Vos, T and Flaxman, AD and Naghavi, M and Lozano, R and Michaud, C and Ezzati, M and Shibuya, K and Salomon, JA and Abdalla, S and Aboyans, V and Abraham, J and Ackerman, I and Aggarwal, R and Ahn, SY and Ali, MK and Alvarado, M and Anderson, HR and Anderson, LM and Andrews, KG and Atkinson, C and Baddour, LM and Bahalim, AN and Barker-Collo, S and Barrero, LH and Bartels, DH and Basanez, MG and Baxter, A and Bell, ML and Benjamin, EJ and Bennett, D and Bernabe, E and Bhalla, K and Bhandari, B and Bikbov, B and Bin Abdulhak, A and Birbeck, G and Black, JA and Blencowe, H and Blore, JD and Blyth, F and Bolliger, I and Bonaventure, A and Boufous, SA and Bourne, R and Boussinesq, M and Braithwaite, T and Brayne, C and Bridgett, L and Brooker, S and Brooks, P and Brugha, TS and Bryan-Hancock, C and Bucello, C and Buchbinder, R and Buckle, GR and Budke, CM and Burch, M and Burney, P and Burstein, R and Calabria, B and Campbell, B and Canter, CE and Carabin, H and Carapetis, J and Carmona, L and Cella, C and Charlson, F and Chen, H and Cheng, AT and Chou, D and Chugh, SS and Coffeng, LE and Colan, SD and Colquhoun, S and Colson, KE and Condon, J and Connor, MD and Cooper, LT and Corriere, M and Cortinovis, M and de Vaccaro, KC and Couser, W and Cowie, BC and Criqui, MH and Cross, M and Dabhadkar, KC and Dahiya, M and Dahodwala, N and Damsere-Derry, J and Danaei, G and Davis, A and De Leo, D and Degenhardt, L and Dellavalle, R and Delossantos, A and Denenberg, J and Derrett, S and Des Jarlais, DC and Dharmaratne, SD and Dherani, M and Diaz-Torne, C and Dolk, H and Dorsey, ER and Driscoll, T and Duber, H and Ebel, B and Edmond, K and Elbaz, A and Ali, SE and Erskine, H and Erwin, PJ and Espindola, P and Ewoigbokhan, SE and Farzadfar, F and Feigin, V and Felson, DT and Ferrari, A and Ferri, CP and Fevre, EM and Finucane, MM and Flaxman, S and Flood, L and Foreman, K and Forouzanfar, MH and Fowkes, FGR and Franklin, R and Fransen, M and Freeman, MK and Gabbe, BJ and Gabriel, SE and Gakidou, E and Ganatra, HA and Garcia, B and Gaspari, F and Gillum, RF and Gmel, G and Gosselin, R and Grainger, R and Groeger, J and Guillemin, F and Gunnell, D and Gupta, R and Haagsma, J and Hagan, H and Halasa, YA and Hall, W and Haring, D and Maria Haro, J and Harrison, JE and Havmoeller, R and Hay, RJ and Higashi, H and Hill, C and Hoen, B and Hoffman, H and Hotez, PJ and Hoy, D and Huang, JJ and Ibeanusi, SE and Jacobsen, KH and James, SL and Jarvis, D and Jasrasaria, R and Jayaraman, S and Johns, N and Jonas, JB and Karthikeyan, G and Kassebaum, N and Kawakami, N and Keren, A and Khoo, JP and King, CH and Knowlton, LM and Kobusingye, O and Koranteng, A and Krishnamurthi, R and Lalloo, R and Laslett, LL and Lathlean, T and Leasher, JL and Lee, YY and Leigh, J and Lim, SS and Limb, E and Lin, JK and Lipnick, M and Lipshultz, SE and Liu, W and Loane, M and Ohno, SL and Lyons, R and Ma, J and Mabweijano, J and MacIntyre, MF and Malekzadeh, R and Mallinger, L and Manivannan, S and Marcenes, W and March, L and Margolis, DJ and Marks, GB and Marks, R and Matsumori, A and Matzopoulos, R and Mayosi, BM and McAnulty, JH and McDermott, MM and McGill, N and McGrath, J and Elena Medina-Mora, M and Meltzer, M and Mensah, GA and Merriman, TR and Meyer, AC and Miglioli, V and Miller, M and Miller, TR and Mitchell, PB and Mocumbi, AO and Moffitt, TE and Mokdad, AA and Monasta, L and Montico, M and Moradi-Lakeh, M and Moran, A and Morawska, L and Mori, R and Murdoch, ME and Mwaniki, MK and Naidoo, K and Nair, MN and Naldi, L and Narayan, KMV and Nelson, PK and Nelson, RG and Nevitt, MC and Newton, CR and Nolte, S and Norman, P and Norman, R and O'Donnell, M and O'Hanlon, S and Olives, C and Omer, SB and Ortblad, K and Osborne, R and Ozgediz, D and Page, A and Pahari, B and Pandian, JD and Rivero, AP and Patten, SB and Pearce, N and Perez Padilla, R and Perez-Ruiz, F and Perico, N and Pesudovs, K and Phillips, D and Phillips, MR and Pierce, K and Pion, S and Polanczyk, GV and Polinder, S and Pope, CA and Popova, S and Porrini, E and Pourmalek, F and Prince, M and Pullan, RL and Ramaiah, KD and Ranganathan, D and Razavi, H and Regan, M and Rehm, JT and Rein, DB and Remuzzi, G and Richardson, K and Rivara, FP and Roberts, T and Robinson, C and De Leon, FR and Ronfani, L and Room, R and Rosenfeld, LC and Rushton, L and Sacco, RL and Saha, S and Sampson, U and Sanchez-Riera, L and Sanman, E and Schwebel, DC and Scott, JG and Segui-Gomez, M and Shahraz, S and Shepard, DS and Shin, H and Shivakoti, R and Singh, D and Singh, GM and Singh, JA and Singleton, J and Sleet, DA and Sliwa, K and Smith, E and Smith, JL and Stapelberg, NJC and Steer, A and Steiner, T and Stolk, WA and Stovner, LJ and Sudfeld, C and Syed, S and Tamburlini, G and Tavakkoli, M and Taylor, HR and Taylor, JA and Taylor, WJ and Thomas, B and Thomson, WM and Thurston, GD and Tleyjeh, IM and Tonelli, M and Towbin, JRA and Truelsen, T and Tsilimbaris, MK and Ubeda, C and Undurraga, EA and van der Werf, MJ and van Os, J and Vavilala, MS and Venketasubramanian, N and Wang, M and Wang, W and Watt, K and Weatherall, DJ and Weinstock, MA and Weintraub, R and Weisskopf, MG and Weissman, MM and White, RA and Whiteford, H and Wiersma, ST and Wilkinson, JD and Williams, HC and Williams, SRM and Witt, E and Wolfe, F and Woolf, AD and Wulf, S and Yeh, PH and Zaidi, AKM and Zheng, ZJ and Zonies, D and Lopez, AD and Murray, CJL, Years lived with disability (YLDs) for 1160 sequelae of 289 diseases and injuries 1990-2010: a systematic analysis for the Global Burden of Disease Study 2010, Lancet, 380, (9859) pp. 2163-2196. ISSN 0140-6736 (2012) [Refereed Article]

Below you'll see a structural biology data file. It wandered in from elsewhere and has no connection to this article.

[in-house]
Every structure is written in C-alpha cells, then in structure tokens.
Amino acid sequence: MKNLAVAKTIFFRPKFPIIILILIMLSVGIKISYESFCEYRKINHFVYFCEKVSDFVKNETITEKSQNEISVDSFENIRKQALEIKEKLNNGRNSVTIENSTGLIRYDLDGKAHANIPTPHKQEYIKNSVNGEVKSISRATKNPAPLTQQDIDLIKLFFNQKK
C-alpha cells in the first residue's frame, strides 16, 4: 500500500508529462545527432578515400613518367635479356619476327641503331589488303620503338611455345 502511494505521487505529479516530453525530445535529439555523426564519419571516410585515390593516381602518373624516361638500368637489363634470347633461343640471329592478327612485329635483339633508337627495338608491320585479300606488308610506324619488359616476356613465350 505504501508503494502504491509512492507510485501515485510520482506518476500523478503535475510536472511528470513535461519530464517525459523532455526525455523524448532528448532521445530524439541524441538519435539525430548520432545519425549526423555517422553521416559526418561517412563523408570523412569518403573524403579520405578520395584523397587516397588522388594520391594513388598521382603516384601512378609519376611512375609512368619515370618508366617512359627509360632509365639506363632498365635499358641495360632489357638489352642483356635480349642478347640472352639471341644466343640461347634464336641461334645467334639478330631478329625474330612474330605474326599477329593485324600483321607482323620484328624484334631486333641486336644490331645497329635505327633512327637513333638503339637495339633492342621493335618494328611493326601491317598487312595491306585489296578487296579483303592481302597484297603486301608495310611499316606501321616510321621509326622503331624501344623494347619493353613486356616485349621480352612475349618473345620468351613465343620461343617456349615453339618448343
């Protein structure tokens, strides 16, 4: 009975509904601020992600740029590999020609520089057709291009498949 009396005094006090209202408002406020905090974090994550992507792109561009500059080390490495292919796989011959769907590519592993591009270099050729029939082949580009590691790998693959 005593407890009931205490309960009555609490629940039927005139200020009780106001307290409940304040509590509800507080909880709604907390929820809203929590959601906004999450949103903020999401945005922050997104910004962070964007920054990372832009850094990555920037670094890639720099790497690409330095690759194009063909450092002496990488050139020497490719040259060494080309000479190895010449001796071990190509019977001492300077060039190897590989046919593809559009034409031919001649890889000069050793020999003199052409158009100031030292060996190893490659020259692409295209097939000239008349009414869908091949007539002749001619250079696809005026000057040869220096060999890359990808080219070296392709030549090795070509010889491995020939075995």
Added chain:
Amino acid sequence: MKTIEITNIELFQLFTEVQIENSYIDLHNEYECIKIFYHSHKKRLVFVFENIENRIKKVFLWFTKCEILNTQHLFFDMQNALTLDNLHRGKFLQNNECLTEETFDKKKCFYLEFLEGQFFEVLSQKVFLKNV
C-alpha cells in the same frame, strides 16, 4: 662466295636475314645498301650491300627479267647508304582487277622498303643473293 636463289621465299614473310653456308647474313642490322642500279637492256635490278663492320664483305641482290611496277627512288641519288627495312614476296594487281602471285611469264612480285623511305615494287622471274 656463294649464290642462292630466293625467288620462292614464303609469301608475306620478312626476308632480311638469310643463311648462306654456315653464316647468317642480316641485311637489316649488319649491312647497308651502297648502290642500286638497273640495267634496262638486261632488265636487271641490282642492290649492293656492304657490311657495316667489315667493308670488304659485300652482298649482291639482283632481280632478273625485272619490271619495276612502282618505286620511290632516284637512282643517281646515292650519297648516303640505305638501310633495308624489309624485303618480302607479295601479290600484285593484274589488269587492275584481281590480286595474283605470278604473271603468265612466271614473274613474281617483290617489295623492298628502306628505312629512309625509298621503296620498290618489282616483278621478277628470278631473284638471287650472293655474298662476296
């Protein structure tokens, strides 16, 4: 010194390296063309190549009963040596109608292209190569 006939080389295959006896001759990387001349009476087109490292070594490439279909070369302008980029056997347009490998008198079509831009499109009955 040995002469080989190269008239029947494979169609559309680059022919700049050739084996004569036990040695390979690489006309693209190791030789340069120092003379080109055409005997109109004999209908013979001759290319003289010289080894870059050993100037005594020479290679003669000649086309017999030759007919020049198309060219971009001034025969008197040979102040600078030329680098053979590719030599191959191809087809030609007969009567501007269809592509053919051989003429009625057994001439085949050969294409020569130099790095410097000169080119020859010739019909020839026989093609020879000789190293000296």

Copyright 2012 Elsevier Limited.